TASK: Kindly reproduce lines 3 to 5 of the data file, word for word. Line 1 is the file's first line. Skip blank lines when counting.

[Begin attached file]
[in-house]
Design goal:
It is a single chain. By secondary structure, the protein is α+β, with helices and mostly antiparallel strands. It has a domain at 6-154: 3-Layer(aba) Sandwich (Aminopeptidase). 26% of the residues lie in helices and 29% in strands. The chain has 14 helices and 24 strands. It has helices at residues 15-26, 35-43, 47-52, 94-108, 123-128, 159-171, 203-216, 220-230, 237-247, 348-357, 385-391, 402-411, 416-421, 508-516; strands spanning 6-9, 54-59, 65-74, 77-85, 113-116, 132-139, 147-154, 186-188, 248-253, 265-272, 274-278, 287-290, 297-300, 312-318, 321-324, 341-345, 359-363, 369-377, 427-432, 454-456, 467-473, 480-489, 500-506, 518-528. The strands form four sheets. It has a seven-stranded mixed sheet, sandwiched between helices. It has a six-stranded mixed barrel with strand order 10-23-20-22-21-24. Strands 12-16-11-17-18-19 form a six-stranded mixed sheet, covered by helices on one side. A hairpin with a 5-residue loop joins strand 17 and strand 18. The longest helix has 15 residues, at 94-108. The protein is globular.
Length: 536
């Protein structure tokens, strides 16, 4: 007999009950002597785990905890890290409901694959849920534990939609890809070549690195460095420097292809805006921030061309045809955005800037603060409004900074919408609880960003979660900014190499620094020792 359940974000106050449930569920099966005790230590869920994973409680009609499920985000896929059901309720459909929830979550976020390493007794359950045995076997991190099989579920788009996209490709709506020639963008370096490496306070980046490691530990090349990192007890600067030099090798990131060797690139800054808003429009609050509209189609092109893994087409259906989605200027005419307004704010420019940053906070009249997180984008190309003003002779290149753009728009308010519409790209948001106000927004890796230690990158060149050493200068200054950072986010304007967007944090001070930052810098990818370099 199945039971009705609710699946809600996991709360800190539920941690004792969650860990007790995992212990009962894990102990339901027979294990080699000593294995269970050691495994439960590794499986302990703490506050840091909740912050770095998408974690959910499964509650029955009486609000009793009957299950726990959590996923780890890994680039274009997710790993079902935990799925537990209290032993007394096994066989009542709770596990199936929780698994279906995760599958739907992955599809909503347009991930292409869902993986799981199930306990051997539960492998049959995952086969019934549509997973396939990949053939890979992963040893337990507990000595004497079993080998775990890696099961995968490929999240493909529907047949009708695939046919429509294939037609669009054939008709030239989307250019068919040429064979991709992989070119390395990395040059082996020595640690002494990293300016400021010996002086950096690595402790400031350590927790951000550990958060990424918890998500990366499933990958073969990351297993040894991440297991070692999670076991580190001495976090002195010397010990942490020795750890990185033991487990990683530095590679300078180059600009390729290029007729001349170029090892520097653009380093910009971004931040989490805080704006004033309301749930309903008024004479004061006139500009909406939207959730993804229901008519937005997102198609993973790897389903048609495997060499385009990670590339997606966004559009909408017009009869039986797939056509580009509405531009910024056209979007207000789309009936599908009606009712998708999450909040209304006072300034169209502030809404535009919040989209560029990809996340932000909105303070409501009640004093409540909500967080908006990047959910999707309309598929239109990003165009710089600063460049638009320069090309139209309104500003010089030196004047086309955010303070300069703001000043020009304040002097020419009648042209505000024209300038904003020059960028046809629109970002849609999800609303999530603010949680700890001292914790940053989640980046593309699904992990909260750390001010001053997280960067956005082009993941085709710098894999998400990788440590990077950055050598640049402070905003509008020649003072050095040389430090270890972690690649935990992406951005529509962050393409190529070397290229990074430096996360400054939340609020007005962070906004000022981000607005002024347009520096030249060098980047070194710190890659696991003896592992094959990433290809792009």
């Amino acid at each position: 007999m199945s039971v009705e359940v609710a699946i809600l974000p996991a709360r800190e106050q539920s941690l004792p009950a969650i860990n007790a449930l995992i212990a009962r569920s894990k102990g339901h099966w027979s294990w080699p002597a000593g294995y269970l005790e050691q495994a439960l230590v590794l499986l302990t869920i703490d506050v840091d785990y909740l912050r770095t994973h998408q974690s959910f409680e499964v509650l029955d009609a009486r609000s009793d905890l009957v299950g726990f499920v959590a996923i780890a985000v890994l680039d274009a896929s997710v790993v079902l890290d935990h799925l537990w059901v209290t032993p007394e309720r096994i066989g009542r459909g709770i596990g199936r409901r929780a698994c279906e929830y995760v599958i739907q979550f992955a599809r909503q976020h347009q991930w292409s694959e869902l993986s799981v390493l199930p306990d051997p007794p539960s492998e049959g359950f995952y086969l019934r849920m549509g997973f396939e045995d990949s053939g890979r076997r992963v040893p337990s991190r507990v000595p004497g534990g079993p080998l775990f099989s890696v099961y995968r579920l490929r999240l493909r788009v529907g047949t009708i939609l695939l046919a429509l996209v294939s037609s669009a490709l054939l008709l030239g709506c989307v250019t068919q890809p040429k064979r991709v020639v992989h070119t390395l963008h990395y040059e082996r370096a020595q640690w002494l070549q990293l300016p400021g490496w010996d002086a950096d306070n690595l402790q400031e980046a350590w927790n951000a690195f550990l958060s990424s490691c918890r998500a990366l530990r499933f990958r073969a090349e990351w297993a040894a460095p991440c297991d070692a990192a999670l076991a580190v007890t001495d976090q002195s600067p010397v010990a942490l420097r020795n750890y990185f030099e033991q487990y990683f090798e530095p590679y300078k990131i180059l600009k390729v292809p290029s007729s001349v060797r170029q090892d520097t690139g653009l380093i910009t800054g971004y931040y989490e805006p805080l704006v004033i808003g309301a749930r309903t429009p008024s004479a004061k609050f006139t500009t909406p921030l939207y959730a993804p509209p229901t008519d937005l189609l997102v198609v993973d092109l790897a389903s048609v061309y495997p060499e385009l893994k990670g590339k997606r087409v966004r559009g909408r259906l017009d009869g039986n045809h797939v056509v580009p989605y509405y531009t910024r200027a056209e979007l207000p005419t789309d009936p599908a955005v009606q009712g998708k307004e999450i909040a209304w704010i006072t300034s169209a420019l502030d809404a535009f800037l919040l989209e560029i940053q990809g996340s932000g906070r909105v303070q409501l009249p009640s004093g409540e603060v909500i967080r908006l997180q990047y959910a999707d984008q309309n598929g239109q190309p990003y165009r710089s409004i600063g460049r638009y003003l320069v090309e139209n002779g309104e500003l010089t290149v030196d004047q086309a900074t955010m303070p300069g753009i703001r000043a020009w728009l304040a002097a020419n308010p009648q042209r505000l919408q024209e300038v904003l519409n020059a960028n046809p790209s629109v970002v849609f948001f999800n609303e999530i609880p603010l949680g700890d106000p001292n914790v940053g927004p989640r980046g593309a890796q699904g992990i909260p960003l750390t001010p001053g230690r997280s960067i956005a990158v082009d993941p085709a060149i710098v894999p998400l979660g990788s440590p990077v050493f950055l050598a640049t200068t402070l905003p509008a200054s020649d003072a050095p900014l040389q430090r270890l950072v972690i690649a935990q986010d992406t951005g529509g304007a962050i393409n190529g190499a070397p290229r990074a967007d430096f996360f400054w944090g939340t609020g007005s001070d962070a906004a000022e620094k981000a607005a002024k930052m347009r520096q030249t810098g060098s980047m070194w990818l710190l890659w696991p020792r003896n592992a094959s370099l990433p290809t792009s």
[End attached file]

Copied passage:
It is a single chain. By secondary structure, the protein is α+β, with helices and mostly antiparallel strands. It has a domain at 6-154: 3-Layer(aba) Sandwich (Aminopeptidase). 26% of the residues lie in helices and 29% in strands. The chain has 14 helices and 24 strands. It has helices at residues 15-26, 35-43, 47-52, 94-108, 123-128, 159-171, 203-216, 220-230, 237-247, 348-357, 385-391, 402-411, 416-421, 508-516; strands spanning 6-9, 54-59, 65-74, 77-85, 113-116, 132-139, 147-154, 186-188, 248-253, 265-272, 274-278, 287-290, 297-300, 312-318, 321-324, 341-345, 359-363, 369-377, 427-432, 454-456, 467-473, 480-489, 500-506, 518-528. The strands form four sheets. It has a seven-stranded mixed sheet, sandwiched between helices. It has a six-stranded mixed barrel with strand order 10-23-20-22-21-24. Strands 12-16-11-17-18-19 form a six-stranded mixed sheet, covered by helices on one side. A hairpin with a 5-residue loop joins strand 17 and strand 18. The longest helix has 15 residues, at 94-108. The protein is globular.
Length: 536
């Protein structure tokens, strides 16, 4: 007999009950002597785990905890890290409901694959849920534990939609890809070549690195460095420097292809805006921030061309045809955005800037603060409004900074919408609880960003979660900014190499620094020792 359940974000106050449930569920099966005790230590869920994973409680009609499920985000896929059901309720459909929830979550976020390493007794359950045995076997991190099989579920788009996209490709709506020639963008370096490496306070980046490691530990090349990192007890600067030099090798990131060797690139800054808003429009609050509209189609092109893994087409259906989605200027005419307004704010420019940053906070009249997180984008190309003003002779290149753009728009308010519409790209948001106000927004890796230690990158060149050493200068200054950072986010304007967007944090001070930052810098990818370099 199945039971009705609710699946809600996991709360800190539920941690004792969650860990007790995992212990009962894990102990339901027979294990080699000593294995269970050691495994439960590794499986302990703490506050840091909740912050770095998408974690959910499964509650029955009486609000009793009957299950726990959590996923780890890994680039274009997710790993079902935990799925537990209290032993007394096994066989009542709770596990199936929780698994279906995760599958739907992955599809909503347009991930292409869902993986799981199930306990051997539960492998049959995952086969019934549509997973396939990949053939890979992963040893337990507990000595004497079993080998775990890696099961995968490929999240493909529907047949009708695939046919429509294939037609669009054939008709030239989307250019068919040429064979991709992989070119390395990395040059082996020595640690002494990293300016400021010996002086950096690595402790400031350590927790951000550990958060990424918890998500990366499933990958073969990351297993040894991440297991070692999670076991580190001495976090002195010397010990942490020795750890990185033991487990990683530095590679300078180059600009390729290029007729001349170029090892520097653009380093910009971004931040989490805080704006004033309301749930309903008024004479004061006139500009909406939207959730993804229901008519937005997102198609993973790897389903048609495997060499385009990670590339997606966004559009909408017009009869039986797939056509580009509405531009910024056209979007207000789309009936599908009606009712998708999450909040209304006072300034169209502030809404535009919040989209560029990809996340932000909105303070409501009640004093409540909500967080908006990047959910999707309309598929239109990003165009710089600063460049638009320069090309139209309104500003010089030196004047086309955010303070300069703001000043020009304040002097020419009648042209505000024209300038904003020059960028046809629109970002849609999800609303999530603010949680700890001292914790940053989640980046593309699904992990909260750390001010001053997280960067956005082009993941085709710098894999998400990788440590990077950055050598640049402070905003509008020649003072050095040389430090270890972690690649935990992406951005529509962050393409190529070397290229990074430096996360400054939340609020007005962070906004000022981000607005002024347009520096030249060098980047070194710190890659696991003896592992094959990433290809792009």